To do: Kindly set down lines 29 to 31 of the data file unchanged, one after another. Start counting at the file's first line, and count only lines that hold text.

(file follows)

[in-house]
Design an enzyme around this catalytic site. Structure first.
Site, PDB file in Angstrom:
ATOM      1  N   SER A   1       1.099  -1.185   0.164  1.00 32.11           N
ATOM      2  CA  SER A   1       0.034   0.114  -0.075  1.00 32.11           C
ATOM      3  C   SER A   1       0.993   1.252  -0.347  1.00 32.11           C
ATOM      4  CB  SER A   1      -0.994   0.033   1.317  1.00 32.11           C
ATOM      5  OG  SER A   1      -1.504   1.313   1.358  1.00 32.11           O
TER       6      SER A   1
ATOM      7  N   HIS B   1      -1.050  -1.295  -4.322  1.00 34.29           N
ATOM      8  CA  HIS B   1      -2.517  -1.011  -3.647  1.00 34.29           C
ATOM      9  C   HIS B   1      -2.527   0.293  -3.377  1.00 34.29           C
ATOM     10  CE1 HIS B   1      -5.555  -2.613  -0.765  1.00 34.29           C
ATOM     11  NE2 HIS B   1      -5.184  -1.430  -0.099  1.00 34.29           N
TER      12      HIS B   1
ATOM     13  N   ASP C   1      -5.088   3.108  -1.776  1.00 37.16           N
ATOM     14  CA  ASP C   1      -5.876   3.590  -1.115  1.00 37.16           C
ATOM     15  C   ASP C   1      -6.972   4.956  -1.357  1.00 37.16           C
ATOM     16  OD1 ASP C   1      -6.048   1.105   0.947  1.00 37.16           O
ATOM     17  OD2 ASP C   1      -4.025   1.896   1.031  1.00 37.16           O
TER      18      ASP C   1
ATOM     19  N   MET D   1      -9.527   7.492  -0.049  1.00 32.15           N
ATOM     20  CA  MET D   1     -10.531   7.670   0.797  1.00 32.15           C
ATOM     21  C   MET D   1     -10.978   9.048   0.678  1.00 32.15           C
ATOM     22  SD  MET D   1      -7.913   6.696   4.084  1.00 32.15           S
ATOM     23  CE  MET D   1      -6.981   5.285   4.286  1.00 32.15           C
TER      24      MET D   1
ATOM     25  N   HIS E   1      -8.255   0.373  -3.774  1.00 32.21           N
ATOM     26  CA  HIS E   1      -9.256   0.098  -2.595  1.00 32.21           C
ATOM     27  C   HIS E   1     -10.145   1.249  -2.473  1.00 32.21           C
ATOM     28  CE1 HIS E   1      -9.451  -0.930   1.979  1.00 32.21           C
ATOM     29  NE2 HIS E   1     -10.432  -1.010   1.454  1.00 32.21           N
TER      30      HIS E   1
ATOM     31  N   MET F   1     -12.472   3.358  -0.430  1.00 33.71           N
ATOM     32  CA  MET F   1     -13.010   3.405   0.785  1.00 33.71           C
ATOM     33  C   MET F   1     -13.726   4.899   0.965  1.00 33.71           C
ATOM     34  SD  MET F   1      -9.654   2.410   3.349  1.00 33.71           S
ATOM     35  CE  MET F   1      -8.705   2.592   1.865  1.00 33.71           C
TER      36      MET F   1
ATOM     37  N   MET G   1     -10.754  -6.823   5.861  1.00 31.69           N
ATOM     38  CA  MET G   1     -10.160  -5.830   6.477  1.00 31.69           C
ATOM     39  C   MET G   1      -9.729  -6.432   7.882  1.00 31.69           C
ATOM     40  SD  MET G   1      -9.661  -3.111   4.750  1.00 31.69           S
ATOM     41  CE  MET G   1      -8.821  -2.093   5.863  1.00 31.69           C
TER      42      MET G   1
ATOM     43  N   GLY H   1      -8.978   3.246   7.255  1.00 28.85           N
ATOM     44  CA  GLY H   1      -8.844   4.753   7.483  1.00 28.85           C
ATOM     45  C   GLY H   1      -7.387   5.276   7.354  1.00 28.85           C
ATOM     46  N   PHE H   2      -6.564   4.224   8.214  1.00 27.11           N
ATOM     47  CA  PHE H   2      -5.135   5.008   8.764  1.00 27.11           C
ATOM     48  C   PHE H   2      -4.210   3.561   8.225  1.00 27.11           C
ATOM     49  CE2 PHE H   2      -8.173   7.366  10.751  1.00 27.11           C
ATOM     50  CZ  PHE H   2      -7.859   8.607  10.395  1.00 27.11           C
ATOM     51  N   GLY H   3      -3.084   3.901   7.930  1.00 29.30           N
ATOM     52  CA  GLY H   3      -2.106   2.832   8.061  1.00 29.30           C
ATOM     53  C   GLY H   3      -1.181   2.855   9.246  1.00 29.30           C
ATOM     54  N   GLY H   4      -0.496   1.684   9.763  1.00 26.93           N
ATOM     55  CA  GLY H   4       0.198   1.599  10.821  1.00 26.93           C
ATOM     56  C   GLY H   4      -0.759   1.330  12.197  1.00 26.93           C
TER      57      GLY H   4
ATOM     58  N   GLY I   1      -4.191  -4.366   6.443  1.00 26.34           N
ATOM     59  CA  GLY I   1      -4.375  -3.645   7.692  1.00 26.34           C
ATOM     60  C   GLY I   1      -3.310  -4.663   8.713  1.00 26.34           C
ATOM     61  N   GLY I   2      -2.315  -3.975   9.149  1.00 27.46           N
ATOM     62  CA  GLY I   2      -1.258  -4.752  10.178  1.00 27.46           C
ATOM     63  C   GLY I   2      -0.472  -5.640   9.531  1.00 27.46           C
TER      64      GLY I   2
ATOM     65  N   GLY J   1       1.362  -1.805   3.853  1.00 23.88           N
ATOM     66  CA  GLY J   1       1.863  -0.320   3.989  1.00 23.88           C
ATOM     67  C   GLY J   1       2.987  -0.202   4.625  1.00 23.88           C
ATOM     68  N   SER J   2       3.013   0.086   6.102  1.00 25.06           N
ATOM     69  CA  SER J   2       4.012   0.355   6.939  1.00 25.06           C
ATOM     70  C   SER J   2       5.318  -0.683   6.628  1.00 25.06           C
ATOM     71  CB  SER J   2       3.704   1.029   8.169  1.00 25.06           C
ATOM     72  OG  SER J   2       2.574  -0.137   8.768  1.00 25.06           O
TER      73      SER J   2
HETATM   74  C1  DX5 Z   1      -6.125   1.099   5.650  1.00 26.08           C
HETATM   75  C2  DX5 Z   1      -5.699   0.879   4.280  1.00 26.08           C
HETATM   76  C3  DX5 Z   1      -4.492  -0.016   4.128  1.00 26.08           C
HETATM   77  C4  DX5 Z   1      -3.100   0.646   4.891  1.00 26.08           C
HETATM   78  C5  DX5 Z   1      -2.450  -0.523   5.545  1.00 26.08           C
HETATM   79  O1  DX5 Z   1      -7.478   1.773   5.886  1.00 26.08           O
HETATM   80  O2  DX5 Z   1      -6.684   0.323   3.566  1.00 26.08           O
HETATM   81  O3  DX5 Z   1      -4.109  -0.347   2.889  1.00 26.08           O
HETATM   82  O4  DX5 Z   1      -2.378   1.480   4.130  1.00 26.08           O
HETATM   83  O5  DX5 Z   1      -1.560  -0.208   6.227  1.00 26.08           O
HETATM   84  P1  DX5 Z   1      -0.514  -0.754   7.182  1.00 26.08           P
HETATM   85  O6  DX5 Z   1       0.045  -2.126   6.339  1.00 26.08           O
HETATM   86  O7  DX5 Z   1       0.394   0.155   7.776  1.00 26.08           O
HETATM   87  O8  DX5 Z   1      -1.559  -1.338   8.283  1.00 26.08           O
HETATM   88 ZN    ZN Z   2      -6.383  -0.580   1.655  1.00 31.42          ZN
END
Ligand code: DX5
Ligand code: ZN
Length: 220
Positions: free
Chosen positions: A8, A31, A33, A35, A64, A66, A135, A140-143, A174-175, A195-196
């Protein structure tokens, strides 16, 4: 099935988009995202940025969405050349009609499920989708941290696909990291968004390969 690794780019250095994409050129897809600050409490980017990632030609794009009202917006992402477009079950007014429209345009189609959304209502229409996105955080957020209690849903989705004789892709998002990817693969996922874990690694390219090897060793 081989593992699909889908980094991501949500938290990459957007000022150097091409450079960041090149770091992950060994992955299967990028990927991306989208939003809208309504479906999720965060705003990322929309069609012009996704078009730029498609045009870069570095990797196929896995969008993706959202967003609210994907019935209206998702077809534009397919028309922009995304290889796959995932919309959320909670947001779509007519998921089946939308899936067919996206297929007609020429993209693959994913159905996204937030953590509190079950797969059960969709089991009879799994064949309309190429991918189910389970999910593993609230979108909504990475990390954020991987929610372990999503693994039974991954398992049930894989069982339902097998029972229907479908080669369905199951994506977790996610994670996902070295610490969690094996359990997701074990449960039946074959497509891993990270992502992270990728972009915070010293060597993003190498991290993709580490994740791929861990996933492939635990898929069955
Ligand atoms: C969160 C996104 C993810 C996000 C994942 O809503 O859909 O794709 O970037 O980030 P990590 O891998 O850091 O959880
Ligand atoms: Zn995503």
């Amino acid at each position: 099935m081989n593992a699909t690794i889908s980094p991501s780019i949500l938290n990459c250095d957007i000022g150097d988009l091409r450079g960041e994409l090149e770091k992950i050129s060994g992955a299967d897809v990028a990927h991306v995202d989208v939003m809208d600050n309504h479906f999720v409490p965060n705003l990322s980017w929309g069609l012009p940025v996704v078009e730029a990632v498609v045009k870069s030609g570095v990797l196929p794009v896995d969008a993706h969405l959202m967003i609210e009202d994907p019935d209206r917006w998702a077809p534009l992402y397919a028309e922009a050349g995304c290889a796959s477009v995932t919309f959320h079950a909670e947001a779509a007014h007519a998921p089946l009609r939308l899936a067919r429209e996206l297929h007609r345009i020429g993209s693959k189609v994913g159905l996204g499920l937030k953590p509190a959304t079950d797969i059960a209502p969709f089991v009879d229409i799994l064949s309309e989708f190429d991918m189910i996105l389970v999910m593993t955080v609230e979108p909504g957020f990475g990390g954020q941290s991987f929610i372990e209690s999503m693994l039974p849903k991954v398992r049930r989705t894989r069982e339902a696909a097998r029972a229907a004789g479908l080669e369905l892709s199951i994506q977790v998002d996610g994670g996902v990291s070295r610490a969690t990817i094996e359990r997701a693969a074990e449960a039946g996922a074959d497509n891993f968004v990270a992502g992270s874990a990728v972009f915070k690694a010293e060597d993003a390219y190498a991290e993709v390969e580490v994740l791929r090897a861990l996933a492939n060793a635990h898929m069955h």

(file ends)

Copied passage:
ATOM     26  CA  HIS E   1      -9.256   0.098  -2.595  1.00 32.21           C
ATOM     27  C   HIS E   1     -10.145   1.249  -2.473  1.00 32.21           C
ATOM     28  CE1 HIS E   1      -9.451  -0.930   1.979  1.00 32.21           C